Ukraine’s Defense Ministry on Saturday began using Clearview AI’s face recognition technology, the company’s chief executive told Reuters, after the US startup offered to expose Russian attackers, fight misinformation and identify the dead.
Ukraine is getting free access to Clearview AI’s powerful search engine for the face, allowing authorities to examine potentially interested people at checkpoints, among other uses, said Lee Oloski, an adviser to Clearview and a former diplomat under US President Barack Obama and Joe Biden.
According to a copy seen by Reuters, the plans began after Russia invaded Ukraine and sent a letter of support to Clearview chief executive Juan Ton-Dat Kiev.
Clearview said it had not offered the technology to Russia, calling it a “special operation” in Ukraine.
Ukraine’s Defense Ministry did not respond to a request for comment. Earlier, a spokesman for Ukraine’s Ministry of Digital Transformation said it was considering offers from US-based artificial intelligence companies such as Clearview. Many Western businesses have pledged to help Ukraine, providing Internet hardware, cyber security tools and other assistance.
The founder of Clearview says that his startup has more than 2 billion images from the Russian social media service VKontakte, with a total of more than 10 billion image databases.
That database could help Ukraine identify the dead more easily than trying to match fingerprints, and works even with facial damage, Ton-That writes. A study by the U.S. Department of Energy found that the efficiency of digestion technology declined while a study from the 2021 conference showed promising results.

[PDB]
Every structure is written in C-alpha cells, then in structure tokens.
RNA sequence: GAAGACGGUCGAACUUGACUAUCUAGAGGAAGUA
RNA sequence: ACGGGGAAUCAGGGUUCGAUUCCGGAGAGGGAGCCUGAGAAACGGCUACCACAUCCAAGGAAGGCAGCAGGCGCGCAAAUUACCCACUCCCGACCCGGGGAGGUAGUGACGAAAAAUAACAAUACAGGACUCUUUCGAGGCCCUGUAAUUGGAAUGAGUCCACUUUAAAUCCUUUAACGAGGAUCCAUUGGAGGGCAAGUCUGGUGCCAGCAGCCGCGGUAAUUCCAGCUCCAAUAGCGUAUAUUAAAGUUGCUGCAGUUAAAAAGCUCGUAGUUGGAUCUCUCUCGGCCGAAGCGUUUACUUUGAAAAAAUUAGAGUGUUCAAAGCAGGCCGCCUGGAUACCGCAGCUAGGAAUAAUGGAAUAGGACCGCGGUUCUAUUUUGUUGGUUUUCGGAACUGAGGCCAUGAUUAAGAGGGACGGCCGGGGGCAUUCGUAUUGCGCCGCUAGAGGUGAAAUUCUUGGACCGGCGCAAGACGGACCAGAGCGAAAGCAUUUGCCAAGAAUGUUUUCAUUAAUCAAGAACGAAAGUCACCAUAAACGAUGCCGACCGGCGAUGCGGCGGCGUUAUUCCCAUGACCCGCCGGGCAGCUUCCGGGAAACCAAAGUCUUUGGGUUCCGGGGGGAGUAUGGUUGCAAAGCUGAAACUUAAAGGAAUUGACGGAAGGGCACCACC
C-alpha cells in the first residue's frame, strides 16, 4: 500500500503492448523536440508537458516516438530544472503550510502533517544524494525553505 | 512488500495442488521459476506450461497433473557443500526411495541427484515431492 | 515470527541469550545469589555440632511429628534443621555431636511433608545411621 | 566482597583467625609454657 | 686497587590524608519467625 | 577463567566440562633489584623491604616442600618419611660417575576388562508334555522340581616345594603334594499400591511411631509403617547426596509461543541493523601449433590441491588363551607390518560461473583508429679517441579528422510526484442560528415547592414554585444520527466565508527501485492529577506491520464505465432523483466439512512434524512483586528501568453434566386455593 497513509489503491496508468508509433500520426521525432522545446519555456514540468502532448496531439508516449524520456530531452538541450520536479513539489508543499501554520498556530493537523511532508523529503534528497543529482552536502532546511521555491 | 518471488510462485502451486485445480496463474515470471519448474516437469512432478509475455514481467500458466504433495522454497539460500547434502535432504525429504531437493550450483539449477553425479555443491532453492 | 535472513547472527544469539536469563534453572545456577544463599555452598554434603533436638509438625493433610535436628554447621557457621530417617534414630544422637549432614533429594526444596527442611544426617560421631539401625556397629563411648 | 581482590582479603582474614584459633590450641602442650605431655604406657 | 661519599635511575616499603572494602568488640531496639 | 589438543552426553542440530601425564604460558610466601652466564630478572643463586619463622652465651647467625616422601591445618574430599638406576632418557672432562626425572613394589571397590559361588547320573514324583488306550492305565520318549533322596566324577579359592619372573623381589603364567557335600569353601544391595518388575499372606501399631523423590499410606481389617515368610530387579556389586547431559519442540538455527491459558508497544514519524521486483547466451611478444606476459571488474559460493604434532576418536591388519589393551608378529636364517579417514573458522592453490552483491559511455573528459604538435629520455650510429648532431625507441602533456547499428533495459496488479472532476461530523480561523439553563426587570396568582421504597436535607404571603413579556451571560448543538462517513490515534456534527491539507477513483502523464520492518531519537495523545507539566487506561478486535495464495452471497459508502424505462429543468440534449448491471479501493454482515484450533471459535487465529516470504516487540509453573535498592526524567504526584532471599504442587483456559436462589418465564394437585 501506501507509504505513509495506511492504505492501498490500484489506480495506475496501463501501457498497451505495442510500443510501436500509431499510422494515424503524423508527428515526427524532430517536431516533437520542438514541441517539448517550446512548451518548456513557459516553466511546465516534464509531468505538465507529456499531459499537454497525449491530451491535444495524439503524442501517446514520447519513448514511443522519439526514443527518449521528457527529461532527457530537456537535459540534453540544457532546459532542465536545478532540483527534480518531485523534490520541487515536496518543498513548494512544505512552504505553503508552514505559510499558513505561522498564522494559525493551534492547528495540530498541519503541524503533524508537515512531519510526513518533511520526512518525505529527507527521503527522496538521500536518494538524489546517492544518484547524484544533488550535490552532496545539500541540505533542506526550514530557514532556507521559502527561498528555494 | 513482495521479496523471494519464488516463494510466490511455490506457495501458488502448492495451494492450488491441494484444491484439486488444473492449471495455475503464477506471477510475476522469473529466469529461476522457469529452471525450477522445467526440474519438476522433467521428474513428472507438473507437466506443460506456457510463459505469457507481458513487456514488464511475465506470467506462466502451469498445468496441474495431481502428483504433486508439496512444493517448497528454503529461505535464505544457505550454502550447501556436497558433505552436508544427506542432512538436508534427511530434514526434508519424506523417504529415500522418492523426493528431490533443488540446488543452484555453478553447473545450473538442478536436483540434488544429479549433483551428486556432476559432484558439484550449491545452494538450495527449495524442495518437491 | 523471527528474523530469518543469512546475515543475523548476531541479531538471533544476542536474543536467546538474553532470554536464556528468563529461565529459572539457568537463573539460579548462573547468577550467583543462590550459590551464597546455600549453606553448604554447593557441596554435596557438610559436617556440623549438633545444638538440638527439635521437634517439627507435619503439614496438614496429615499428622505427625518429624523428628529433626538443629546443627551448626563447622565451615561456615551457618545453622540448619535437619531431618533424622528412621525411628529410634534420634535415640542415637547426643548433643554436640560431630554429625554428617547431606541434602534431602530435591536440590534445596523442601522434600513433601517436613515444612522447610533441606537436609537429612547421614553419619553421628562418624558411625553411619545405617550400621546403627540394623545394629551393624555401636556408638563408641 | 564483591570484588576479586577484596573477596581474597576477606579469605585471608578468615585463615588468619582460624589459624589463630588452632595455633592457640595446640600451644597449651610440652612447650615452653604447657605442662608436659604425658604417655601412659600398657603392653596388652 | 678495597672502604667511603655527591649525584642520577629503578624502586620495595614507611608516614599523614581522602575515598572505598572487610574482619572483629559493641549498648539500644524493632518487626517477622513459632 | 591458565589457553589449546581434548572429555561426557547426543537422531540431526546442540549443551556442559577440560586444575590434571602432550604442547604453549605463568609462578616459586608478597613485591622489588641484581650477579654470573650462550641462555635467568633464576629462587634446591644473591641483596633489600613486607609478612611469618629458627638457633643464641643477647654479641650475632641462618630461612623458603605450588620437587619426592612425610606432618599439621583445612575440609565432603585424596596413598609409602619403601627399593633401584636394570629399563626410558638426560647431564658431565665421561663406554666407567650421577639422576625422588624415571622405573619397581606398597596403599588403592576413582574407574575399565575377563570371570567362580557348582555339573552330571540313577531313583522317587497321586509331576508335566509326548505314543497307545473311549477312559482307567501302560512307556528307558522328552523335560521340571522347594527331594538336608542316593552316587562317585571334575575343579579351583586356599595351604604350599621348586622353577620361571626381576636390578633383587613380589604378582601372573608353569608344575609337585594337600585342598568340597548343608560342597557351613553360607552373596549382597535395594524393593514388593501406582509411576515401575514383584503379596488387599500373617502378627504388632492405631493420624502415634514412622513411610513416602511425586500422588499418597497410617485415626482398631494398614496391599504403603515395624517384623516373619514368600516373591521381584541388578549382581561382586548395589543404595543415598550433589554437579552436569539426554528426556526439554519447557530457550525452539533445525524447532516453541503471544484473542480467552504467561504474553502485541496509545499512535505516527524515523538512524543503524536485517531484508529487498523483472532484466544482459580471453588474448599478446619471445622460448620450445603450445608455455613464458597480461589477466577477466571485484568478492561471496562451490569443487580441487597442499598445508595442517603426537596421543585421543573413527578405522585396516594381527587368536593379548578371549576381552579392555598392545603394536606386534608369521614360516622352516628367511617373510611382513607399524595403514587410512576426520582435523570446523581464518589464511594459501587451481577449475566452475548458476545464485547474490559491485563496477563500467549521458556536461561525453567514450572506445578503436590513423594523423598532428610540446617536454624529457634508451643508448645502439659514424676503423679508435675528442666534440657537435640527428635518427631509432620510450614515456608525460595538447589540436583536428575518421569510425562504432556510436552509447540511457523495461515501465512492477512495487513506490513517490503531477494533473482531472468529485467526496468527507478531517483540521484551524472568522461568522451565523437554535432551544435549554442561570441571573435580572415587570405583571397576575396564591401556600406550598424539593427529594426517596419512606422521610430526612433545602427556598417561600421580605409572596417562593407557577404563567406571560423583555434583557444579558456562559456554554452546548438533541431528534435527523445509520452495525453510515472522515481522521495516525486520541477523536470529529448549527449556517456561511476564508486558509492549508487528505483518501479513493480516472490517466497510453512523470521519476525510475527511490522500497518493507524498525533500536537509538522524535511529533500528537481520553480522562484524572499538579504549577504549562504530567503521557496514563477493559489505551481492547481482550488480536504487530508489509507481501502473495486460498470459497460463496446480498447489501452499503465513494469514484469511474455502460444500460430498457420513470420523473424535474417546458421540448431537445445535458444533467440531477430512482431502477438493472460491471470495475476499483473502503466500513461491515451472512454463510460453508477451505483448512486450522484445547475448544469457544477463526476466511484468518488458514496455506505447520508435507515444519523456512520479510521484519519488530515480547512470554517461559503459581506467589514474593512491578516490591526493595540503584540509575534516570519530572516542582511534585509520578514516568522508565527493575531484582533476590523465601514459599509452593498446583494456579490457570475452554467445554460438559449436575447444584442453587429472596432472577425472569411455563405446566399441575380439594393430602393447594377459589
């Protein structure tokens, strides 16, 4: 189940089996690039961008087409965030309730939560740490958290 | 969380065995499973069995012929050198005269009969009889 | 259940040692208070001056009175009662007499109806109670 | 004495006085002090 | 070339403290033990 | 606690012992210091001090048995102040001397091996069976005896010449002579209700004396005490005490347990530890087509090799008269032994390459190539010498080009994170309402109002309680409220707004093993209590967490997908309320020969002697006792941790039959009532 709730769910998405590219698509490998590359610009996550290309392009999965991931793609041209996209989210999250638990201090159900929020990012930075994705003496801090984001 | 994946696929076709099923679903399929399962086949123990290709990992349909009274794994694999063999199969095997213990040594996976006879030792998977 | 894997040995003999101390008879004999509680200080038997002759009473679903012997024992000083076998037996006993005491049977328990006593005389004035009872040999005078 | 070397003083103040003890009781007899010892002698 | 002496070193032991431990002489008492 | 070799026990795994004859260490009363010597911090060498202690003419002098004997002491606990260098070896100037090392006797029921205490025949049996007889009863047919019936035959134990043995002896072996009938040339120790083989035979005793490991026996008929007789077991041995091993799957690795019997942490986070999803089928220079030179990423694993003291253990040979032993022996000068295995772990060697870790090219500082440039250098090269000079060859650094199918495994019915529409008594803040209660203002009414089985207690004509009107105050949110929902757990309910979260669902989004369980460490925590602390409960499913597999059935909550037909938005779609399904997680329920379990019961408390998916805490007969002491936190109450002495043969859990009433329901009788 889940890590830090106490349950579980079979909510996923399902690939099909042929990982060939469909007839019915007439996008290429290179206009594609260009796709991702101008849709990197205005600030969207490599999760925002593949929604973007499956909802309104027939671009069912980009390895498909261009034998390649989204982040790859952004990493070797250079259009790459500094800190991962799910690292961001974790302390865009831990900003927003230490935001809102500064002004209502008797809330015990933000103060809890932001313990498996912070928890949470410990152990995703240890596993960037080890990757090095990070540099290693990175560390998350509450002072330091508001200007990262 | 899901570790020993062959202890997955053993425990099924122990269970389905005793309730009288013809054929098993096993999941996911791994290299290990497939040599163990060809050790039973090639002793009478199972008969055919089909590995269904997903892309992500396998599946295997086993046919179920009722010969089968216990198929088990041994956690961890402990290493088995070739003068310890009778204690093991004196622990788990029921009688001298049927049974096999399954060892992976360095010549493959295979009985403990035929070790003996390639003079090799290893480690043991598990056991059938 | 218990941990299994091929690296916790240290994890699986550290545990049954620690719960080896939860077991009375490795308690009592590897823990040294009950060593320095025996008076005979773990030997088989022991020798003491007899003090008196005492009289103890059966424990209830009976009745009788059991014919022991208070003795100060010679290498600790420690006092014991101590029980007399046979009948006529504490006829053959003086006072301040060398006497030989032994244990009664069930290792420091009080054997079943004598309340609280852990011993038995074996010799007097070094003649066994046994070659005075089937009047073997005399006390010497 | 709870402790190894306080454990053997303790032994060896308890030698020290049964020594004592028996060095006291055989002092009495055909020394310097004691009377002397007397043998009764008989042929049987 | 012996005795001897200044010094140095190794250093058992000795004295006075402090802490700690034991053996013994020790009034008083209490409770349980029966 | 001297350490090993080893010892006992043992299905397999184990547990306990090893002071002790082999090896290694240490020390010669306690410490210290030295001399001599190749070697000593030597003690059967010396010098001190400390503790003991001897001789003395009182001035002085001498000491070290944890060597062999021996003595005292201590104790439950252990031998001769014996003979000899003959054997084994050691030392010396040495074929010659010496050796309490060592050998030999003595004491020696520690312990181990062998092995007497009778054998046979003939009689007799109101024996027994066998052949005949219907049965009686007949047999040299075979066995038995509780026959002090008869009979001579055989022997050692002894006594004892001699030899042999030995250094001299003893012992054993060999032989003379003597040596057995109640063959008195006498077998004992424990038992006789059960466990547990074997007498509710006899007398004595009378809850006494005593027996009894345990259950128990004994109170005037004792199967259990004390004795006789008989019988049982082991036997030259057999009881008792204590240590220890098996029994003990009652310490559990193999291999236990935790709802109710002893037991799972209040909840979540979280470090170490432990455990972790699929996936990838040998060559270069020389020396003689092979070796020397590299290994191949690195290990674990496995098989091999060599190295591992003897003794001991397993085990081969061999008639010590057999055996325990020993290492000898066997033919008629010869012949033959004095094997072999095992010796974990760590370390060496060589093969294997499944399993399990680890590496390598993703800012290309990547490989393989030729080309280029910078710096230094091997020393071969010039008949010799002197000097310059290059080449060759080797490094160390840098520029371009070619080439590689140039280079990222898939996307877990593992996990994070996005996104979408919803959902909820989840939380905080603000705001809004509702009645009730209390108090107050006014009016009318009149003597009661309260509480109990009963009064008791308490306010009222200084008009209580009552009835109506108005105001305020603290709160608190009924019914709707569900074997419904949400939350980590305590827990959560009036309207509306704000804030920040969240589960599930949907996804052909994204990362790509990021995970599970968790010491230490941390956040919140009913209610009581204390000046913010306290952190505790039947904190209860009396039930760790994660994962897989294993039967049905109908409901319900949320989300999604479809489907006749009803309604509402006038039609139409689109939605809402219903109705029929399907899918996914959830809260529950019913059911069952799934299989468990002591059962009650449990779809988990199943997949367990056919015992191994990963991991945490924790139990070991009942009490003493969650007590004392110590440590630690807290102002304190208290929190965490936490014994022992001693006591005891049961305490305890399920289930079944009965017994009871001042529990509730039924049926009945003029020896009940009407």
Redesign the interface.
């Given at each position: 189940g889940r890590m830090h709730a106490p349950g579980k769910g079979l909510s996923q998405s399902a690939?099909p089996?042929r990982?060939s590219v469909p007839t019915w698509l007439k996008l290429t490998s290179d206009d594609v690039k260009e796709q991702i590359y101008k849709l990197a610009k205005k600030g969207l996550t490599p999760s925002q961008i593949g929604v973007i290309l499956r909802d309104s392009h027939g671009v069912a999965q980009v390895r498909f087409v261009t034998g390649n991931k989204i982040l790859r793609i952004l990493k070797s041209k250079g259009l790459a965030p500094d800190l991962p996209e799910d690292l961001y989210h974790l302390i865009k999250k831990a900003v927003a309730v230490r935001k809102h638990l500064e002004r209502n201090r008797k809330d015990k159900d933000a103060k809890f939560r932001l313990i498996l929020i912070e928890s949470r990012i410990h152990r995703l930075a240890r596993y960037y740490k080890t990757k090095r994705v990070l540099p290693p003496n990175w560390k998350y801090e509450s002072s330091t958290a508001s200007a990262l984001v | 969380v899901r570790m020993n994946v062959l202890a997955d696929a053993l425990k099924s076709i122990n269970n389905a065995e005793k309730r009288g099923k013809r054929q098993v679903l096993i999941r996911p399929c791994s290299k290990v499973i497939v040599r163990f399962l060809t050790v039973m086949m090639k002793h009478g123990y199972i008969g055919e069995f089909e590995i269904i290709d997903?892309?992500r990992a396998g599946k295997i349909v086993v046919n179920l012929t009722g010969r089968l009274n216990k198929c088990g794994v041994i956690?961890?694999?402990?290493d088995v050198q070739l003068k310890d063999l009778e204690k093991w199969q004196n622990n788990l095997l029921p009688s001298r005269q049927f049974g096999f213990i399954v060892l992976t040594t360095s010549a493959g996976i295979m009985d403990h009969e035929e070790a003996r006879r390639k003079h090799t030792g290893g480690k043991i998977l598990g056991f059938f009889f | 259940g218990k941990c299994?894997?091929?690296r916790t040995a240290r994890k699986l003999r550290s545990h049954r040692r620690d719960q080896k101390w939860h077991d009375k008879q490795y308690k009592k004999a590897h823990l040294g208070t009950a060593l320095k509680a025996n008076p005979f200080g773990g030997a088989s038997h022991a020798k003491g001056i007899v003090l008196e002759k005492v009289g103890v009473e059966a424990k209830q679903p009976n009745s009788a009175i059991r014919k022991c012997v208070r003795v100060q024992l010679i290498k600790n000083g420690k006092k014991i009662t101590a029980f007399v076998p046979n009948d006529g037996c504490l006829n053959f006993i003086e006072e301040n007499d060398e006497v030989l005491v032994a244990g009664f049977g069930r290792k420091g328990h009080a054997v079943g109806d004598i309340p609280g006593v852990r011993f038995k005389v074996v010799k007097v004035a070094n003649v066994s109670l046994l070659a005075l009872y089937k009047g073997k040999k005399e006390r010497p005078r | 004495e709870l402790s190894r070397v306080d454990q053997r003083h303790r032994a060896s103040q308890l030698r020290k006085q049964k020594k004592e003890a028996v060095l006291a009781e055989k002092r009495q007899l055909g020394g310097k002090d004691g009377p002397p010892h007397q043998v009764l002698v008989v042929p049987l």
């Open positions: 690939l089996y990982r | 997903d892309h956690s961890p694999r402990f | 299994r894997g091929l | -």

The letter from Ton-That added that Clearview’s technology could be used to help reunite refugees separated from their families, identify Russian operatives and stop false social media posts about the war.
It is unknown at this time what he will do after leaving the post. He and Oloski said other parts of the Ukrainian government are expected to deploy Clearview in the coming days.
VKontakte Images makes ClearView’s dataset more comprehensive than PimEyes, a publicly available image search engine that people use to identify people in combat images, Oloski says. VKontakte did not immediately respond to a request for comment; US social media company Facebook, now Meta Platform Inc., has demanded that Clearview stop taking its data.
At least one critic has said that facial recognition can mislead people at checkpoints and in battle. Albert Foxconn, executive director of the New York-based Surveillance Technology Oversight Project, said inconsistencies, such as unjust arrests from police use, could lead to civilian deaths.
“We see well-intentioned technology backfiring and harming those who are supposed to help,” he said.
Ton-Thatt said Clearview should never be used as the sole source of identification and he did not want the technology to be used in violation of the Geneva Conventions, which created legal standards for humanitarian treatment during the war.
Like other users who are training in Ukraine and need to input a case number and reason to search before asking, he said.
Clearview, which primarily sells to U.S. law enforcement agencies, is suing the United States for violating the right to privacy by taking pictures from the web. Clearview claims that its data collection is similar to how Google Search works. Still, several countries, including the United Kingdom and Australia, consider its practices illegal.
Cane described the dead man as the least dangerous way to deploy technology in war, but said that “once you introduce these systems and associated databases into a war zone, you have no control over how it will be used or misused.”
Thomson Reuters 2022